According to the Employee Benefit Research Institute, 22% of people in their 60s have more than 80% of their 401(k)s allocated to equities.

With only a few years left until retirement, an 80% allocation to stocks is asking for trouble. An 80-20 mix of stocks and bonds can experience crushing losses that are difficult to recover from—especially if one is already taking an income stream from the portfolio.

Our chart shows the drawdown of an 80-20 portfolio invested in the S&P 500 and the Merrill Lynch Government and Corporate Bond Index and rebalanced annually. The drawdown is the peak-to-trough decline in a portfolio. The chart uses monthly data.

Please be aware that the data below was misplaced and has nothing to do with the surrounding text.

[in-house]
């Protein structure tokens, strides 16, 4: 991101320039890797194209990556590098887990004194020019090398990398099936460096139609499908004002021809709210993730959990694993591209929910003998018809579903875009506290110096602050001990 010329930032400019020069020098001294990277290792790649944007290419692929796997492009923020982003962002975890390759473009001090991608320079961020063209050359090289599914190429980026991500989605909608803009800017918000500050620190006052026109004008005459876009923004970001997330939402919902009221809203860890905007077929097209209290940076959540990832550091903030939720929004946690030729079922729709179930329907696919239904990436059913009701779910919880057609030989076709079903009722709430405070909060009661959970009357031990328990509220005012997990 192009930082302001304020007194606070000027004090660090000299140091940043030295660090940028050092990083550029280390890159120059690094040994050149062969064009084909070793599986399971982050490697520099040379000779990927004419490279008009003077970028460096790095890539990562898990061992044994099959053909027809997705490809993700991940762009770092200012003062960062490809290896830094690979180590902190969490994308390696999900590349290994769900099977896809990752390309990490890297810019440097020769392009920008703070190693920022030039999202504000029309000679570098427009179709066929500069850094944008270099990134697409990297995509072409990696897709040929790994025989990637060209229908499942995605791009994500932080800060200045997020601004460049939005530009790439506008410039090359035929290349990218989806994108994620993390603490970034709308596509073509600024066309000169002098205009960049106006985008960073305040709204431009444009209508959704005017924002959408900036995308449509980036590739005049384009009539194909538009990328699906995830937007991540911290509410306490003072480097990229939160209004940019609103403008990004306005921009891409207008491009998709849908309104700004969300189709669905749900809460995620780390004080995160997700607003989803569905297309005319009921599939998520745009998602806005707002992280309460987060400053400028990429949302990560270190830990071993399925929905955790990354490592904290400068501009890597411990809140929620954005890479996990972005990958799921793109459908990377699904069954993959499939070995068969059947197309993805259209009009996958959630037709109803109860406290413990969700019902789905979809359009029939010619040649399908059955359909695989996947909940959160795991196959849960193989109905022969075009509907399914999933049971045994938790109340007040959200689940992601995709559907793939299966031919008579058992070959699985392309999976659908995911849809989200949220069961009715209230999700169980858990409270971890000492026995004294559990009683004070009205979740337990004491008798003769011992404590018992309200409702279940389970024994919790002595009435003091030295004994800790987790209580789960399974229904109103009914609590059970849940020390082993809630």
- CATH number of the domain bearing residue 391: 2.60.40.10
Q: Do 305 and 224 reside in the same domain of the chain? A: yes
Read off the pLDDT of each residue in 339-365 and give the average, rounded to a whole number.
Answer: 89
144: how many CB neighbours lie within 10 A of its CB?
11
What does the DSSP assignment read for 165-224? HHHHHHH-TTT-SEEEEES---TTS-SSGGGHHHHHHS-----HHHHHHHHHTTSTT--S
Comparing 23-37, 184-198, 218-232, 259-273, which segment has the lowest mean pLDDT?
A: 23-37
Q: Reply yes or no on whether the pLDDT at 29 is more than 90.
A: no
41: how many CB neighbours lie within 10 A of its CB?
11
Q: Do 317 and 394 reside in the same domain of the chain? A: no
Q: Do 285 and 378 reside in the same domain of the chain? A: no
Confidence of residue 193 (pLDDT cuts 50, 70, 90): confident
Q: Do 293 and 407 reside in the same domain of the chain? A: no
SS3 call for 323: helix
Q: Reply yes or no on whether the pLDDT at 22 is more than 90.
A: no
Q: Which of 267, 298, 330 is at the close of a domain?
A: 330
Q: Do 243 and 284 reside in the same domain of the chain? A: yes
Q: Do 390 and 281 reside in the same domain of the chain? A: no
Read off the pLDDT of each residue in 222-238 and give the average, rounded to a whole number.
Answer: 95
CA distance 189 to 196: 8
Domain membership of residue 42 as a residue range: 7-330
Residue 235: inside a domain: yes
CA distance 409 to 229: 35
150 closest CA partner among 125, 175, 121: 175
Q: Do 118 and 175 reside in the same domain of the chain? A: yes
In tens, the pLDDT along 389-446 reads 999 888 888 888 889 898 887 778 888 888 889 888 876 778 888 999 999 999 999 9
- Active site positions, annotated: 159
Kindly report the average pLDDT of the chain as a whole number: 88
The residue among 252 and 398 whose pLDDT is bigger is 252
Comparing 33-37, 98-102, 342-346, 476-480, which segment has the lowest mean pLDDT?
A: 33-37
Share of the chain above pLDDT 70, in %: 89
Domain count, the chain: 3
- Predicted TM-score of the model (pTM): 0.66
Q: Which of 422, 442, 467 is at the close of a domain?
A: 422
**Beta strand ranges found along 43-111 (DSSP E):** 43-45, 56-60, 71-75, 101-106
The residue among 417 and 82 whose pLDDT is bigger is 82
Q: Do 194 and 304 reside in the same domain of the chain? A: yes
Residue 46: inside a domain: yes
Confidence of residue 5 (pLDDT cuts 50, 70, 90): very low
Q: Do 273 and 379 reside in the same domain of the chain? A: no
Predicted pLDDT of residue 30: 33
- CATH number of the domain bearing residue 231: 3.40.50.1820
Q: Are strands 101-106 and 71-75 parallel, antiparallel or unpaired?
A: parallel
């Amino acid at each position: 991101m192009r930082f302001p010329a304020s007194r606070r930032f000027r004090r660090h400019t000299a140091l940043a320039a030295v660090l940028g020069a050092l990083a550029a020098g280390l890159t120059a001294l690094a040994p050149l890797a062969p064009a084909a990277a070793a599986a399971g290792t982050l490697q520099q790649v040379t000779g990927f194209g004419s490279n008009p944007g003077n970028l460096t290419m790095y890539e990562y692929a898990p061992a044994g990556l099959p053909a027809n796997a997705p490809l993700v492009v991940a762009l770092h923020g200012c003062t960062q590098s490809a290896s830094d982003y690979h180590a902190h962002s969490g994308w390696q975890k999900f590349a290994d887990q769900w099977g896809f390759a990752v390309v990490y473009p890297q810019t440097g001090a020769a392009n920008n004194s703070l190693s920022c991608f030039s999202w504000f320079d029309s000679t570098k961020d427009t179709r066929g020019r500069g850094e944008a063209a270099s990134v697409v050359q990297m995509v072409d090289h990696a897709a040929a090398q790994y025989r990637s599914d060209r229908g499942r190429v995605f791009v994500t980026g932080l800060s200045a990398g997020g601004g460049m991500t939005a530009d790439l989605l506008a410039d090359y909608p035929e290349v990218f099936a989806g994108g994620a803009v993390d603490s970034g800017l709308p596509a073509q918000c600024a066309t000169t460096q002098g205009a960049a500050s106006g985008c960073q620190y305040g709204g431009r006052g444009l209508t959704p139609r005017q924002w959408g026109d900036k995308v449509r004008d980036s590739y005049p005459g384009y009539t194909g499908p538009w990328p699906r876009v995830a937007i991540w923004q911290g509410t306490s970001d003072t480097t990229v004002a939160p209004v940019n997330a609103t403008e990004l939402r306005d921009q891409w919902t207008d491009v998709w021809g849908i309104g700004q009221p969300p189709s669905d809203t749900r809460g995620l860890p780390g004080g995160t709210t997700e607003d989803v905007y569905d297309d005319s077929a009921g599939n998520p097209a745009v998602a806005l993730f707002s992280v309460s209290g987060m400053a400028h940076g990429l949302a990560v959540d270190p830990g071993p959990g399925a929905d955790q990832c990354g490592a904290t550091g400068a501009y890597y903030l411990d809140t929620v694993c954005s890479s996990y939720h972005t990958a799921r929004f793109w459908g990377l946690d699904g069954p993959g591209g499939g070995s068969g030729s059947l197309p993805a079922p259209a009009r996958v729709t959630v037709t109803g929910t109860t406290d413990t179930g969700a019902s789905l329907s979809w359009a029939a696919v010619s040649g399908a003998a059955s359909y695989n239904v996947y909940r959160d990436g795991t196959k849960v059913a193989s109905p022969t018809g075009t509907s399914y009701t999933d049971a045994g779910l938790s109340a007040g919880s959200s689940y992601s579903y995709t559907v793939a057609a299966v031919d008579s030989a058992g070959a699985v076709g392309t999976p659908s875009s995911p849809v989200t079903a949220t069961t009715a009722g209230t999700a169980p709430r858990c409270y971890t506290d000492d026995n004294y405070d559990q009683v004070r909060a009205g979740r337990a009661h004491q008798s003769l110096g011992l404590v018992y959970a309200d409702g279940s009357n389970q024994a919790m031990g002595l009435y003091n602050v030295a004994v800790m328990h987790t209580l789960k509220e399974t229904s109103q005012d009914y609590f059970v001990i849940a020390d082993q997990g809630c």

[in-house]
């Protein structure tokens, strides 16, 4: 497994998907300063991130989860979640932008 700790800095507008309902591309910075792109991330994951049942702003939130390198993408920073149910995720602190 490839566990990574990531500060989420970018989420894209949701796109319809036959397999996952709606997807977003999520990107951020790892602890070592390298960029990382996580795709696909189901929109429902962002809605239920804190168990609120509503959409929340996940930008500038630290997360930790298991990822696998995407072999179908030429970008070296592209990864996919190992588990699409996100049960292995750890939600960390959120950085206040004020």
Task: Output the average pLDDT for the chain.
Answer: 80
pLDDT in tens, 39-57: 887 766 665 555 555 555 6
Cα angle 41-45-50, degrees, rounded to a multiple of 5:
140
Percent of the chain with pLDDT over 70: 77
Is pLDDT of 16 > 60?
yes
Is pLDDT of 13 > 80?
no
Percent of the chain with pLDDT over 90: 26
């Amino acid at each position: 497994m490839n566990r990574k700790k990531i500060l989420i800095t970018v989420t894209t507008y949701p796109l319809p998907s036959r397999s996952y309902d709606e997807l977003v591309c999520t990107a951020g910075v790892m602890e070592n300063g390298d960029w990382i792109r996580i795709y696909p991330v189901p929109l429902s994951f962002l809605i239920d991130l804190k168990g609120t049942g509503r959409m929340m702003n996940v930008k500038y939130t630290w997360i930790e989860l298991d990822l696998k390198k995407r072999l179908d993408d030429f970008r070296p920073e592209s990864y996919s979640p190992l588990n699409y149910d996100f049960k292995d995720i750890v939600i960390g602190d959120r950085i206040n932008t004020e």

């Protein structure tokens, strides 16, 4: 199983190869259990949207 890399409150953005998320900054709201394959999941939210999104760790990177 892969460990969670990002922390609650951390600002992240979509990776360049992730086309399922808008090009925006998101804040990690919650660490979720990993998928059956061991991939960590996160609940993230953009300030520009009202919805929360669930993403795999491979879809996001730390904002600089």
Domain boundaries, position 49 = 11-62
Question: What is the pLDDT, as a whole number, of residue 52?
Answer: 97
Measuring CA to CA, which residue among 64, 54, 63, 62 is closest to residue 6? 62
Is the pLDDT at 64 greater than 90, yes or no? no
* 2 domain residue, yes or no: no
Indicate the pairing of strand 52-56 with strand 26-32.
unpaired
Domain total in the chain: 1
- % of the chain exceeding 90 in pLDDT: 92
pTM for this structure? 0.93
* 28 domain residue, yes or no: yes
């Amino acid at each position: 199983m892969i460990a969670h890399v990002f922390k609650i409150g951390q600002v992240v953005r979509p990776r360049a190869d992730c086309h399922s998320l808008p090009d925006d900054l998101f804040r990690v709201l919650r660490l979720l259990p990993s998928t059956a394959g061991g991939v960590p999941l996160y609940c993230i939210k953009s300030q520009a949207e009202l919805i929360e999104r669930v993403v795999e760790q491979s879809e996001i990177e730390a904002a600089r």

During the last big bear market an 80-20 portfolio would have suffered a peak to trough decline of over 40%. A 65 year old investor on the verge of retirement would have seen his retirement income future devastated by such a loss.

If you are in or nearing retirement, a good back of the envelope guide to a proper asset allocation is to invest your age in fixed income. You can also try your age minus 10. So if you are 65, you might consider putting 55-65% of your portfolio in fixed. This is of course a general guide and does not take into account your own financial situation or risk tolerance, but it can keep you out of trouble.